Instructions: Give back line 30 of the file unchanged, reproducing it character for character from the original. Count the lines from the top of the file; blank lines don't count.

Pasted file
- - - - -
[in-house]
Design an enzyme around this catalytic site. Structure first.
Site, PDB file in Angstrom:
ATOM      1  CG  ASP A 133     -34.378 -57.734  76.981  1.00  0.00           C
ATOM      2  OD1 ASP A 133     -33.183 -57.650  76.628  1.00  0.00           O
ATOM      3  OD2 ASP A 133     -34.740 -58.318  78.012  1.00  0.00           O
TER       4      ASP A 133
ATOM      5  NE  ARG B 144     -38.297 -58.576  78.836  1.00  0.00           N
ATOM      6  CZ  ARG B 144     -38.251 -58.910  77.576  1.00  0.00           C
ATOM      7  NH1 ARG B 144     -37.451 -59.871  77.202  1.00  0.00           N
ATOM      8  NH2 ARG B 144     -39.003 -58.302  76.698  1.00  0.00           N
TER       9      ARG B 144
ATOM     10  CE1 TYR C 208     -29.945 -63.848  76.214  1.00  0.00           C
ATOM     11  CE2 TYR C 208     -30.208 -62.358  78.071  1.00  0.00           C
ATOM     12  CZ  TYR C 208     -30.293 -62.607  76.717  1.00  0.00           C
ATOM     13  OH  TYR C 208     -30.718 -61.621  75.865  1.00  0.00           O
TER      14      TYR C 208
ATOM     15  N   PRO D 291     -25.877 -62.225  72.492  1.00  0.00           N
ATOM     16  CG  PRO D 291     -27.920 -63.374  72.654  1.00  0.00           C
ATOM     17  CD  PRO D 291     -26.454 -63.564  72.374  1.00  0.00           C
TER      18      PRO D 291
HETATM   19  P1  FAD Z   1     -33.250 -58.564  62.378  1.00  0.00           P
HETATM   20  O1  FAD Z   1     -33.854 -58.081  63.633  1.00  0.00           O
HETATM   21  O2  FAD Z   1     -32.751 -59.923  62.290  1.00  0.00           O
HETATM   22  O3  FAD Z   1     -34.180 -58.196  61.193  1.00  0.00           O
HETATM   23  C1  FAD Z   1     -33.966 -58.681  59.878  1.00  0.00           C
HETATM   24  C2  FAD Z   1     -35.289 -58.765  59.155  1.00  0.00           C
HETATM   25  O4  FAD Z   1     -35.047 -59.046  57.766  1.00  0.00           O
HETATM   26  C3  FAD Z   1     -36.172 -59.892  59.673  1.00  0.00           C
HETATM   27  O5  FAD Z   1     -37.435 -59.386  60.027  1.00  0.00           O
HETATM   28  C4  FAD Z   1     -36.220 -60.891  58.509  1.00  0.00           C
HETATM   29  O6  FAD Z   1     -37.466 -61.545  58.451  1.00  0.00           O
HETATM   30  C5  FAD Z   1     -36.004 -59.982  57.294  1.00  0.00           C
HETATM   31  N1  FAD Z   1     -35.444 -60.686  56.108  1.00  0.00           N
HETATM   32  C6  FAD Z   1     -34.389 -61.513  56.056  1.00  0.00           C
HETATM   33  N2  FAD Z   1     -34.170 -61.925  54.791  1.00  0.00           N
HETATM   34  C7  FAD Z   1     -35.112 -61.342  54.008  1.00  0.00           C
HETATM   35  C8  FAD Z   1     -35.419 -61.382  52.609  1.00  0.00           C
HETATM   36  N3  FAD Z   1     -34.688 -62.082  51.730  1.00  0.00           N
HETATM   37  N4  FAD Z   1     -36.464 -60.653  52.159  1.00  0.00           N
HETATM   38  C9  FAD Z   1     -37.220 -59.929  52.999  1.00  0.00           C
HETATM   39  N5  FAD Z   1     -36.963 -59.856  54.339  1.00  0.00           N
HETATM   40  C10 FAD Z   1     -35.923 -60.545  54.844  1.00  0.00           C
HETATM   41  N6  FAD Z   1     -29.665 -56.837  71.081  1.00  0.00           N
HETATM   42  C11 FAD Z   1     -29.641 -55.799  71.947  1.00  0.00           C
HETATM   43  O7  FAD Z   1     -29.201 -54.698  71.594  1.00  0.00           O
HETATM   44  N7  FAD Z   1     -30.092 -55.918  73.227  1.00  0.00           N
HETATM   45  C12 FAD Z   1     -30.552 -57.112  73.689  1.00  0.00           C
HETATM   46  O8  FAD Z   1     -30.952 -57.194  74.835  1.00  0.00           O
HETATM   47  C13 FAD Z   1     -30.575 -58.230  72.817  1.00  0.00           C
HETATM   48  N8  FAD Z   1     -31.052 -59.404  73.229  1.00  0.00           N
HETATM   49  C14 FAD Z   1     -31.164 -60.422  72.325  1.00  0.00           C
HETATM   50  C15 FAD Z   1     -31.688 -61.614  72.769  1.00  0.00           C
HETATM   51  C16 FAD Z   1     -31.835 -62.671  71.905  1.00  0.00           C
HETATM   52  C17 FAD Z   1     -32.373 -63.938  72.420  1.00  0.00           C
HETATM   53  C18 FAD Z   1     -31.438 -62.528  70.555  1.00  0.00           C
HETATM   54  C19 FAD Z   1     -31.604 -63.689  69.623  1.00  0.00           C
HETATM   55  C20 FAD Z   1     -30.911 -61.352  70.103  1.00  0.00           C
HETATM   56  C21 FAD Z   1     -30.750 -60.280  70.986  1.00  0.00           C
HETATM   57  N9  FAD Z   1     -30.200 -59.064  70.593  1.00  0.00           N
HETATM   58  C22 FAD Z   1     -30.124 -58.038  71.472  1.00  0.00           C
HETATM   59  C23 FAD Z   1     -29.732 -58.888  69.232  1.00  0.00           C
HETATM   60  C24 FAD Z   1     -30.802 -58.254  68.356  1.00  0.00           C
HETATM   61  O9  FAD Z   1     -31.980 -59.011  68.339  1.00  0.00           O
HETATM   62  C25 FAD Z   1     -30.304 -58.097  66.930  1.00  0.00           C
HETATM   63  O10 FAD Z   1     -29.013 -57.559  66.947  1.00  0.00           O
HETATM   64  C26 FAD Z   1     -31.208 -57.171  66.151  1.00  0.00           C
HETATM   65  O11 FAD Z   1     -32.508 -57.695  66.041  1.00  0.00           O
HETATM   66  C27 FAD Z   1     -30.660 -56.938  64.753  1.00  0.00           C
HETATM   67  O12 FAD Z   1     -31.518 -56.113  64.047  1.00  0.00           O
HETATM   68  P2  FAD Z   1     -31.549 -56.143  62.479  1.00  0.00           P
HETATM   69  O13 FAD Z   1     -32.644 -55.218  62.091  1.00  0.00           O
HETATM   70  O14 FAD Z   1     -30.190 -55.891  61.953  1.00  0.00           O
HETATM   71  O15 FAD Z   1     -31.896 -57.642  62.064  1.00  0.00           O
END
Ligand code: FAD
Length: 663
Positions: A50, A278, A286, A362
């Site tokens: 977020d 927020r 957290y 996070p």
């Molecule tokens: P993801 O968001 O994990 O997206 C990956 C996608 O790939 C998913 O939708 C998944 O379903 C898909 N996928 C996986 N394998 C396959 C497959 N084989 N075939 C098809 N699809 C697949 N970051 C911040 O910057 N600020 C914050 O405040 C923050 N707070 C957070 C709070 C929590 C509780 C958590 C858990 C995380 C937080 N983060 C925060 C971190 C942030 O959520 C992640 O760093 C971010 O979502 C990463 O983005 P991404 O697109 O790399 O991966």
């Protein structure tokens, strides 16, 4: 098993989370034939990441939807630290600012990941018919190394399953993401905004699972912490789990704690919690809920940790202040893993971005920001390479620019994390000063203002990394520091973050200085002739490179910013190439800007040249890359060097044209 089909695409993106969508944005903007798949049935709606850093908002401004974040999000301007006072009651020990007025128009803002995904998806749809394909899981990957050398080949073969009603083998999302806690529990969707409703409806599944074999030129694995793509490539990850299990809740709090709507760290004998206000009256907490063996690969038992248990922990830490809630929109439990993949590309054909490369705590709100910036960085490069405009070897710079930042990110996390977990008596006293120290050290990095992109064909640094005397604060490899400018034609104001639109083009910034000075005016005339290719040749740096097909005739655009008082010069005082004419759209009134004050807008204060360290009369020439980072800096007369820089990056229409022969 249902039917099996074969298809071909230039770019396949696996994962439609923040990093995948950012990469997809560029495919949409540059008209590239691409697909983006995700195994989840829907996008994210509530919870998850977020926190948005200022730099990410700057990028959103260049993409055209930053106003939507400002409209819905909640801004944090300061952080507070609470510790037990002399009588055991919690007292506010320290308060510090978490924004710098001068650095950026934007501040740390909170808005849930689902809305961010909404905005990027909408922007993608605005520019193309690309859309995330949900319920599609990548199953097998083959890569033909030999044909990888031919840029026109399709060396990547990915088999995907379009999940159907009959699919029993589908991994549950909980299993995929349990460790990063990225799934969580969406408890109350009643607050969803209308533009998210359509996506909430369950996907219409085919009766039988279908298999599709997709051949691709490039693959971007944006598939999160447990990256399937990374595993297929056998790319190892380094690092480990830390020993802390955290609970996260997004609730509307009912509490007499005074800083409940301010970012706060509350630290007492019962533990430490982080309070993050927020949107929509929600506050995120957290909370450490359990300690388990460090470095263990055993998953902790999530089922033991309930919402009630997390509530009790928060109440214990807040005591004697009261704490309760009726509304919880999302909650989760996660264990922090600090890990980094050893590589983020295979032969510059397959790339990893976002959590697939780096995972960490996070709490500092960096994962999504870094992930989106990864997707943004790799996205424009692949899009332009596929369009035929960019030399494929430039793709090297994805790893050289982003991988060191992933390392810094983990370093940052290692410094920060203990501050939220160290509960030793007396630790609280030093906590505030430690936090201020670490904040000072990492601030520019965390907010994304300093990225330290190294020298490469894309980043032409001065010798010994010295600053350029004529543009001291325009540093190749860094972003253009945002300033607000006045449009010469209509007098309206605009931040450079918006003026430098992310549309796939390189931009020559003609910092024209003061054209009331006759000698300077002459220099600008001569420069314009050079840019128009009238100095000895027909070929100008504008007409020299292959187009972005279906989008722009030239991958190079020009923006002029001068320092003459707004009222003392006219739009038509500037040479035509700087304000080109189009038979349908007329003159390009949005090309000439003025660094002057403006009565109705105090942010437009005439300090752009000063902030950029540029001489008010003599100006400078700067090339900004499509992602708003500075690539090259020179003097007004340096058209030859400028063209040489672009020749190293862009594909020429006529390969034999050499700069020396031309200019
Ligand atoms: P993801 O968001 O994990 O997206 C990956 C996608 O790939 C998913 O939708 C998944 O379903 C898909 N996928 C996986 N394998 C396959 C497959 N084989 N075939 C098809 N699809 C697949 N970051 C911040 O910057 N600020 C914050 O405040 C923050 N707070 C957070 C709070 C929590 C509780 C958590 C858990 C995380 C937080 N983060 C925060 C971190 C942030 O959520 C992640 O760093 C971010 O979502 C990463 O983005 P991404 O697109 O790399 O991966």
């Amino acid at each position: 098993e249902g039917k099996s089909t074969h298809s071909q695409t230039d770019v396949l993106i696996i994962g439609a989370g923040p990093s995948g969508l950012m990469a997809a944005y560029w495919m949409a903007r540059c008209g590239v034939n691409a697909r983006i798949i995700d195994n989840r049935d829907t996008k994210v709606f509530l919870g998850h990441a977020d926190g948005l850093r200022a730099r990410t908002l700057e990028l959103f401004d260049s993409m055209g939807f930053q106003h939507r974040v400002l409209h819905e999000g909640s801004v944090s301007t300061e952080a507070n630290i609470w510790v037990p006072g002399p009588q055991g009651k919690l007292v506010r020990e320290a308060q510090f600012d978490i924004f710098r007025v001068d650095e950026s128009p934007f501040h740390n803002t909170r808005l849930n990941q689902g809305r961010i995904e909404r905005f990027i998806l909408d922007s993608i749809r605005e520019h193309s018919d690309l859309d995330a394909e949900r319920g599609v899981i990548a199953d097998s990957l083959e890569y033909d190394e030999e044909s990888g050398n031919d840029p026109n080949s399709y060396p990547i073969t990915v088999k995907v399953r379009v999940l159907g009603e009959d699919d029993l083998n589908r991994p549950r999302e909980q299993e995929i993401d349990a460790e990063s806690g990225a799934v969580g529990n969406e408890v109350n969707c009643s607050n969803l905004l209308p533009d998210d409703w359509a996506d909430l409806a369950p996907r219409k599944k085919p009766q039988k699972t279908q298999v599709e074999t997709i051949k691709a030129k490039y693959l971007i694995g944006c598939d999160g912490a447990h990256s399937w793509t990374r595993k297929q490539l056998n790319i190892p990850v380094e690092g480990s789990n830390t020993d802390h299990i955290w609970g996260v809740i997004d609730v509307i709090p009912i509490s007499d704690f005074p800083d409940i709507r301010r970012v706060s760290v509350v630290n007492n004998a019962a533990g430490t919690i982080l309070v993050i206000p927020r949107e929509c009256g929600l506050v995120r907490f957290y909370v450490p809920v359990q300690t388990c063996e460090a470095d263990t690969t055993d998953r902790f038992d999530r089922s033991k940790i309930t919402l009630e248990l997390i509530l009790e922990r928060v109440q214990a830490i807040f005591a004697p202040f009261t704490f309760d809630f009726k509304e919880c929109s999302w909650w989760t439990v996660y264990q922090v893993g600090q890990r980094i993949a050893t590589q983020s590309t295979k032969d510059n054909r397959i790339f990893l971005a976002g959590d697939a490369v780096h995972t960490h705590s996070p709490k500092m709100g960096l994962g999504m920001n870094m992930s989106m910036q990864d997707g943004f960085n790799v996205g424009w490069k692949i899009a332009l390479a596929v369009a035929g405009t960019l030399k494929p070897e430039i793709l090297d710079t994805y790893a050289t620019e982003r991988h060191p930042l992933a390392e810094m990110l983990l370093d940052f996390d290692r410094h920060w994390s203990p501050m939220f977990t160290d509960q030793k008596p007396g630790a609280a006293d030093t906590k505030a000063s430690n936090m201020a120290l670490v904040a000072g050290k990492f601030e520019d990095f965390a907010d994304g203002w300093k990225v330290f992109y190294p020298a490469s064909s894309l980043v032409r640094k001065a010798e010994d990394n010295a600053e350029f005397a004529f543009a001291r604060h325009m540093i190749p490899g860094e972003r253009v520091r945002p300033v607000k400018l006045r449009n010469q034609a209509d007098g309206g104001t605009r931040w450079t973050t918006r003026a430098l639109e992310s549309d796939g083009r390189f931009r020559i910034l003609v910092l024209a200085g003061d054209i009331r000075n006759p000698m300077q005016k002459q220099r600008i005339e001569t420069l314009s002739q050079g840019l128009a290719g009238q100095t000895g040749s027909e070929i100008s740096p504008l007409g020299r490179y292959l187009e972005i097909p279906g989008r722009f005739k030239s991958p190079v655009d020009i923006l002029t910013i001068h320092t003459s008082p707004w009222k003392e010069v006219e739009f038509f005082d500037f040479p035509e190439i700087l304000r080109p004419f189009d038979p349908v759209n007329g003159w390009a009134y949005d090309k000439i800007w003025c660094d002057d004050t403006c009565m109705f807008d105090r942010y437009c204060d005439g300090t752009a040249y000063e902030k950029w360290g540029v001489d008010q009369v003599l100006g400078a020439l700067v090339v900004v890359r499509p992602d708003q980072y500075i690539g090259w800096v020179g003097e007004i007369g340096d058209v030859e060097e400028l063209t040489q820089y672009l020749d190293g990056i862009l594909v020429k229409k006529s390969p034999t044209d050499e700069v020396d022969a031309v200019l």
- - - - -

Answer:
HETATM   27  O5  FAD Z   1     -37.435 -59.386  60.027  1.00  0.00           O